One of the things I love about great works of art is their ability to tell a story. This can look like an illustration of a story we already know (such as a myth or a story from the Bible), or it can be a story that we create on our own through the visual cues available. The works in the Nasher Museum’s current exhibition Lines of Control: Partition as a Productive Space all tell a story, although it is a story whose foundations were laid before many of the artists were born. The exhibition evolved from a project that brought together works by contemporary artists who had been affected in some way by the partitioning of India in 1947. This event essentially created two countries: Pakistan and India. This division was dictated by British powers who were, at that point, departing their Indian colony. The colonists were perhaps not best equipped for determining the fates of these peoples; the separation of families, communities, and other groups that resulted has had a lasting effect on the politics and lives of those in this area. While many of the artists whose works are included in Lines of Control may be too young to remember the 1947 Partition, they have experienced its consequences, and it is these stories that they are able to tell through their art.
An exhibition such as Lines of Control opens up a dialogue about issues that we may not discuss otherwise and gives us a chance to hear and tell those stories most important to understanding each other. Recently, one of my best friends visited Durham and came to see the museum. I started to tell her about Lines of Control and how these artists had made works that document and detail the results that can come out of lines that are drawn on maps. And then it happened—she began to tell me her story, a story that had also taken place before she was born but set the trajectory of her life by its impact on those in her family. I knew her father was from Palestine, but I had never heard the story of how he and his family had quickly packed up everything one night after the creation of Israel to leave for Lebanon. It was an amazing story, one that I could not believe I had not heard in the ten plus years we’ve known each other, and I knew that I was hearing something that was special to her family and to her concept of who she is and where she comes from.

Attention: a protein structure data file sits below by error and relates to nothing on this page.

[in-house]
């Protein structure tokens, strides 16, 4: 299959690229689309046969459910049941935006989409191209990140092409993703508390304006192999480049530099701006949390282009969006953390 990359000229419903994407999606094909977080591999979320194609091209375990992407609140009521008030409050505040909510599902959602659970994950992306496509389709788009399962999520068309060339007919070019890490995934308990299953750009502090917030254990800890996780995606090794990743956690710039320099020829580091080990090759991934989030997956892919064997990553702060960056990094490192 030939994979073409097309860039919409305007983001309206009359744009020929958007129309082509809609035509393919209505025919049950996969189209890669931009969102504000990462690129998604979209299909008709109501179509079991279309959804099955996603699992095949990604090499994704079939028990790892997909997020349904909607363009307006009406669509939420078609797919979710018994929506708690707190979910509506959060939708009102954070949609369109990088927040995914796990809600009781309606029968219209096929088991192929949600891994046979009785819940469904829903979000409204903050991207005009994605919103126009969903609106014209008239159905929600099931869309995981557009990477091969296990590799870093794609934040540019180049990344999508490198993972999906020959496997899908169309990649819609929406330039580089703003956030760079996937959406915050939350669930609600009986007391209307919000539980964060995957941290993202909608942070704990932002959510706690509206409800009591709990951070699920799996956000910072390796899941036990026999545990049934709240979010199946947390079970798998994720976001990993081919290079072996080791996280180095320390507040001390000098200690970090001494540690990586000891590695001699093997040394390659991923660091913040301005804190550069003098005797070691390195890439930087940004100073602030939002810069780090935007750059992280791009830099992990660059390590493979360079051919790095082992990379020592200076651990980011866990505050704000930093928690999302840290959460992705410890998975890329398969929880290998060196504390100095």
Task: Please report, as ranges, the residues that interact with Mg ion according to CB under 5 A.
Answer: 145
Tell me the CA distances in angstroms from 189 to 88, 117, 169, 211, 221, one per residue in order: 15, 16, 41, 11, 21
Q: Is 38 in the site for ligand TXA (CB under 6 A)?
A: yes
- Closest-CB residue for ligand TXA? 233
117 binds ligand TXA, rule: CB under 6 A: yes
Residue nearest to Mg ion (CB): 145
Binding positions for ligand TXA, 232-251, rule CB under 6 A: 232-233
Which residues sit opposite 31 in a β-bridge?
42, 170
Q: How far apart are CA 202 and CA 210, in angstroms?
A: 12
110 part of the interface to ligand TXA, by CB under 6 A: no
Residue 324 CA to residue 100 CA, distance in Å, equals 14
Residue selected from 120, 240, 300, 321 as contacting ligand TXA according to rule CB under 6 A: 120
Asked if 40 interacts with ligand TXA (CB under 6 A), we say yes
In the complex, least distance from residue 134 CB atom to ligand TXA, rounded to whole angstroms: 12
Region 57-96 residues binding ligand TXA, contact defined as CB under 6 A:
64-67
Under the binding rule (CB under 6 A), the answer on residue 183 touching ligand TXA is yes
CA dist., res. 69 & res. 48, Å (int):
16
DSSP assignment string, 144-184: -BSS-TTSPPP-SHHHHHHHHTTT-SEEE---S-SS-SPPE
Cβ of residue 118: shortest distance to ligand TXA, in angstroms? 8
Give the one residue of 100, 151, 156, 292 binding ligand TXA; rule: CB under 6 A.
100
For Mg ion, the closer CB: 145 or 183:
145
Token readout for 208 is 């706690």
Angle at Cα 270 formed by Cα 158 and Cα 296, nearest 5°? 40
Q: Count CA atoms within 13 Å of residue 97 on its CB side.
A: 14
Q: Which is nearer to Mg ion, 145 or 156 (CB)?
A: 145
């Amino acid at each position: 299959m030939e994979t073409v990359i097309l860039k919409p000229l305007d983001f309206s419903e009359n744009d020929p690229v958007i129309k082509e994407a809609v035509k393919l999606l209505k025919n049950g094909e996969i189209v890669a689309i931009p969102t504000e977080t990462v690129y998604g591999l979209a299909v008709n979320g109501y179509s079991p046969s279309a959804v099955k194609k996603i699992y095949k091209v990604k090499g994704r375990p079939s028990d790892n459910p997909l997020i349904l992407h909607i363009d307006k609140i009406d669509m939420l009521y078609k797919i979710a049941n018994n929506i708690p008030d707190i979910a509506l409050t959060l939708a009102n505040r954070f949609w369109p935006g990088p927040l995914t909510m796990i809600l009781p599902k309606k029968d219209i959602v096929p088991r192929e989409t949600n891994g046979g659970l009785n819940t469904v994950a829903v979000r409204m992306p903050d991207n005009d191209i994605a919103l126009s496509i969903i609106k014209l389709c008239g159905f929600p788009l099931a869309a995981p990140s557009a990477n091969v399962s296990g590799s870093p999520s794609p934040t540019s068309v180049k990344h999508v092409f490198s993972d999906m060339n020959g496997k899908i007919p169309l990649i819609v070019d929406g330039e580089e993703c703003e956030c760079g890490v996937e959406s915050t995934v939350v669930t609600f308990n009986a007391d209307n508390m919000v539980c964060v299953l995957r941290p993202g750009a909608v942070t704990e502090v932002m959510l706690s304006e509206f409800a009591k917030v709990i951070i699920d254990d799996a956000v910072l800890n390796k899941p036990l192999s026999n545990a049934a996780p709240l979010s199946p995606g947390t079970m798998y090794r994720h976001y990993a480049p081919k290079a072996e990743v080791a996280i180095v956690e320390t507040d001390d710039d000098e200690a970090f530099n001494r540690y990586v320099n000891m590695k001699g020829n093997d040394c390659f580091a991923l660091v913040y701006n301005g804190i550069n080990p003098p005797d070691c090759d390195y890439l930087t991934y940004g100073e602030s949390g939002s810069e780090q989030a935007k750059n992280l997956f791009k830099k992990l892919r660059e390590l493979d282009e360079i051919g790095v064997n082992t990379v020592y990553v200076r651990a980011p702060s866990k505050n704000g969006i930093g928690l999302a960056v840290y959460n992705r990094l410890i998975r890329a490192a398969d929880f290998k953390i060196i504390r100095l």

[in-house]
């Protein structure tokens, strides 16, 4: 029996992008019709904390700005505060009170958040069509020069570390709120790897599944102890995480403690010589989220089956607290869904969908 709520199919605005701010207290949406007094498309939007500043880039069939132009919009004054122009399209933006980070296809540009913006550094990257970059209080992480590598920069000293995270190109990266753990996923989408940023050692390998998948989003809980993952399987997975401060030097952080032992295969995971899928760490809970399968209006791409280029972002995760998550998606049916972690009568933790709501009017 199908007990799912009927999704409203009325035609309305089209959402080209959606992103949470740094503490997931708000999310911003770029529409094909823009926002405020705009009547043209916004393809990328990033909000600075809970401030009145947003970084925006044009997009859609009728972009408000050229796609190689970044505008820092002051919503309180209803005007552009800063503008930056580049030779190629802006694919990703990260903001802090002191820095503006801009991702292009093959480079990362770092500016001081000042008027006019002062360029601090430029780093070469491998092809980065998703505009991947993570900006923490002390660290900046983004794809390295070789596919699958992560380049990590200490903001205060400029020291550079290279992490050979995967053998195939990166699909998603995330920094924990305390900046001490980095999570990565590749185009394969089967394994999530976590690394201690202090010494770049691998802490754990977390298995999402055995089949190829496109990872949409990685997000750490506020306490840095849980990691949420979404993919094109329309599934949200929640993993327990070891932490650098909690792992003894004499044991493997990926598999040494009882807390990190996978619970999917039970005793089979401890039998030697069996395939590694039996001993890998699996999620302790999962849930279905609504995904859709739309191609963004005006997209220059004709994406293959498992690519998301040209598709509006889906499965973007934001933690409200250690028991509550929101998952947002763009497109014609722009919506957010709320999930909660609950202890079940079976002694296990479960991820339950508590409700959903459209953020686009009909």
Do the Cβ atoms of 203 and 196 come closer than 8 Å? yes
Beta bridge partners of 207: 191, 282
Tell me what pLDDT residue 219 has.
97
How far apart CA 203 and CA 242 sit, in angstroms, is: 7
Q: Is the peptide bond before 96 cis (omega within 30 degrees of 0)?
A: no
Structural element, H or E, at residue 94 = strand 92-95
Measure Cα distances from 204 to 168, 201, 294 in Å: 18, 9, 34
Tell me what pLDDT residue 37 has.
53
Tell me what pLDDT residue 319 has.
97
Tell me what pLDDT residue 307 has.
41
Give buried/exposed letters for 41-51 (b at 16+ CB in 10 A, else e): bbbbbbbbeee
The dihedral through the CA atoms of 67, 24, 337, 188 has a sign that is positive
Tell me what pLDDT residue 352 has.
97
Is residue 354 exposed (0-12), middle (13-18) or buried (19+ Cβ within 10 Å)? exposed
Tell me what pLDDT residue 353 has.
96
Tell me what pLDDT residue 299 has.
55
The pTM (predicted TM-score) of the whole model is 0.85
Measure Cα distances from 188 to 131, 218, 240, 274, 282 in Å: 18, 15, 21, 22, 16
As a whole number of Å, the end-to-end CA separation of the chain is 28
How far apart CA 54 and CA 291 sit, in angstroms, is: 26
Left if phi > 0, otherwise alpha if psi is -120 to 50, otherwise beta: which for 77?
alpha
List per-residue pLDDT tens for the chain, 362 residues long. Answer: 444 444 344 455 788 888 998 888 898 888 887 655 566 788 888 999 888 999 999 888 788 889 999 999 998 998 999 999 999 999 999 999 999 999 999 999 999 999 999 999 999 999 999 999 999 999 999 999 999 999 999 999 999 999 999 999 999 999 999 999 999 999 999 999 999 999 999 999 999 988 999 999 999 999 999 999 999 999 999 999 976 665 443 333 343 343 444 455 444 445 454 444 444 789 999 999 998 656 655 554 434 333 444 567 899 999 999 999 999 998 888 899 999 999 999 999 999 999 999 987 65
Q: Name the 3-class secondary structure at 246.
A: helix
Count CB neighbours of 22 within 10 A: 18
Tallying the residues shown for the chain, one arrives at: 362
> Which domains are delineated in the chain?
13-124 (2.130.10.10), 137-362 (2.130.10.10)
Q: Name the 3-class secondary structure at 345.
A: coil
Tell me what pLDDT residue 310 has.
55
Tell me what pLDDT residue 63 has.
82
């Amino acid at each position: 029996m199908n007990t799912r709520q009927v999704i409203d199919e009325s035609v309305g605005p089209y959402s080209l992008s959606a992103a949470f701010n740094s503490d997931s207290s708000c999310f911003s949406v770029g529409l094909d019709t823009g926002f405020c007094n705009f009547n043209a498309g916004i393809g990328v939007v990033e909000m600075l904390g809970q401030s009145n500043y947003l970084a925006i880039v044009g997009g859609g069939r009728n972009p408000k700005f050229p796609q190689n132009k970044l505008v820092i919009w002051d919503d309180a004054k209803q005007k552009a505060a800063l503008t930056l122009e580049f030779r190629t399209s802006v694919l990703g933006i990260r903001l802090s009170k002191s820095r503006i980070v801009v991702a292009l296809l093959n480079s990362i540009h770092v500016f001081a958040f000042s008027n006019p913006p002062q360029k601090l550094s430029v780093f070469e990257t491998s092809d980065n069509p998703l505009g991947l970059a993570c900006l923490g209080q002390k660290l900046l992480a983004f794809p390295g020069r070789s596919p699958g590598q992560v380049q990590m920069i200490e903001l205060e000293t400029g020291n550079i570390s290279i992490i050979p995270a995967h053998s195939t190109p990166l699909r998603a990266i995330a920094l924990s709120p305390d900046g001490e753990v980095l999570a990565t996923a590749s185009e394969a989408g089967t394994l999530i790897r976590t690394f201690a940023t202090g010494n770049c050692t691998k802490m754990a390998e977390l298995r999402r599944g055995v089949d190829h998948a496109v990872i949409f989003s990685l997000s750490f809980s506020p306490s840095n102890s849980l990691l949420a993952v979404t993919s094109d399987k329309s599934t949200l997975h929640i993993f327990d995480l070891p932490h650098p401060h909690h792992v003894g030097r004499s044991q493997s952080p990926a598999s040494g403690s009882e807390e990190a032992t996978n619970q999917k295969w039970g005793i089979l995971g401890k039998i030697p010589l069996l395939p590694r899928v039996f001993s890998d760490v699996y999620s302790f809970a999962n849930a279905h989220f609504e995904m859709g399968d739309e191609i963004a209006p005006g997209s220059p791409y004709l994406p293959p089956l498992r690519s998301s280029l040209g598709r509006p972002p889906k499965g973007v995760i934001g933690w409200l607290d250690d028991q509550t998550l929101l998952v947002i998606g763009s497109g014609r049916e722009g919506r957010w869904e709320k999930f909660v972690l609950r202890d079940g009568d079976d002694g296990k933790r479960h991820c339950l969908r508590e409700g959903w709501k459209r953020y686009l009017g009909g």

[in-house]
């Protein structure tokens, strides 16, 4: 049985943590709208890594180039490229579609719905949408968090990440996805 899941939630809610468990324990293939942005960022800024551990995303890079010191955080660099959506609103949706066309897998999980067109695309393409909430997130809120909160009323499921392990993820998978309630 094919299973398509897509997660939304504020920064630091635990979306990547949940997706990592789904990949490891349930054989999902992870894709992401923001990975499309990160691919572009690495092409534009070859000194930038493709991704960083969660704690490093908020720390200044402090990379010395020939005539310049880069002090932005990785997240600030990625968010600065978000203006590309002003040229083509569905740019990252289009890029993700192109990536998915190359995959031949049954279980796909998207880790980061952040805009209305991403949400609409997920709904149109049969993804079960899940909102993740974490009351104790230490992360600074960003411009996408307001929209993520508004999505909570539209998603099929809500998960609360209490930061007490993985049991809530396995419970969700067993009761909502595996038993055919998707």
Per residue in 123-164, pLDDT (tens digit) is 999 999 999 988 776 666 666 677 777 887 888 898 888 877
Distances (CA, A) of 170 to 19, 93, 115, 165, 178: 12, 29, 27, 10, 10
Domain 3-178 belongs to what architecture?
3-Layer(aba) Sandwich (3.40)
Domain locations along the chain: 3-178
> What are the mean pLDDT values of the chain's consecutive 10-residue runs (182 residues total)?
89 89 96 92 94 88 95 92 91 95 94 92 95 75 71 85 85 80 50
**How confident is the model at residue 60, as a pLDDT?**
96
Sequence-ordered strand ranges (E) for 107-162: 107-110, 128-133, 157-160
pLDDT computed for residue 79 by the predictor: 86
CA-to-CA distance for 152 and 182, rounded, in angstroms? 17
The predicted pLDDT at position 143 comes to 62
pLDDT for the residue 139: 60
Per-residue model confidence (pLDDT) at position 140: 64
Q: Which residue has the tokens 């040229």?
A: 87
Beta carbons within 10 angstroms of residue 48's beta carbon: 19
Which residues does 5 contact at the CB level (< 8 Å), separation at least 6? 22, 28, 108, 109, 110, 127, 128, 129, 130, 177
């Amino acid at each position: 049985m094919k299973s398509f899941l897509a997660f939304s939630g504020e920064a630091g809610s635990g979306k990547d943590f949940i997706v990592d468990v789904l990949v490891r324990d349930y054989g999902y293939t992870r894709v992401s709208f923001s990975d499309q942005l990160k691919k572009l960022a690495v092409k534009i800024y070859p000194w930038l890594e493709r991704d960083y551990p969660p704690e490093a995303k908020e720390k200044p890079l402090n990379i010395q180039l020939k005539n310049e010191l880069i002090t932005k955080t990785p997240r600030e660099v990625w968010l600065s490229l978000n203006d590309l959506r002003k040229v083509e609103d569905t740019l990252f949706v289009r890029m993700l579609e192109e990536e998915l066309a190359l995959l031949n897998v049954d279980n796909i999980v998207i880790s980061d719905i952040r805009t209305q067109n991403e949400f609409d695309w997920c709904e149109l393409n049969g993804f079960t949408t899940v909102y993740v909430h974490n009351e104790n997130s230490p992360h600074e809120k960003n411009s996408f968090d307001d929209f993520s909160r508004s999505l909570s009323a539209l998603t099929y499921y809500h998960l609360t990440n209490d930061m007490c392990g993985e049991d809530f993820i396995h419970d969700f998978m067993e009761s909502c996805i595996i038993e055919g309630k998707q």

Art exists in a certain time and place, but it has the amazing ability to transport us—to our past, to our future, to places both familiar and unknown. Perhaps most importantly it can transport us into someone else’s experience, opening a doorway into their world, allowing us to see through their eyes, if only briefly. And I think one of the best ways to allow art to work this way is to see it together. Viewing art with a friend or family member (or a stranger, if you’re more outgoing than I am) presents an opportunity to talk about your experience of the art, what it says to you, and how it relates to your own position in the world. If we take the time to look at art in this way, to think about it and let it become a part of us, the art continues long after you’ve left the museum, woven into your memory of the story.
IMAGE: Nalini Malani and Iftikhar Dadi, Bloodlines, 1997 (refabricated 2011 by workshop of Abdul Khaliq, Saddar, Karachi). Sequins and thread on cloth; two sections: 65 x 73 3/5 inches (165 x 187 cm) and 49 x 62 3/5 inches (124.5 x 159 cm). Courtesy of the artists and Green Cardamom. Image courtesy of the Herbert F. Johnson Museum of Art, Cornell University, Ithaca, New York. Photo by David O. Brown.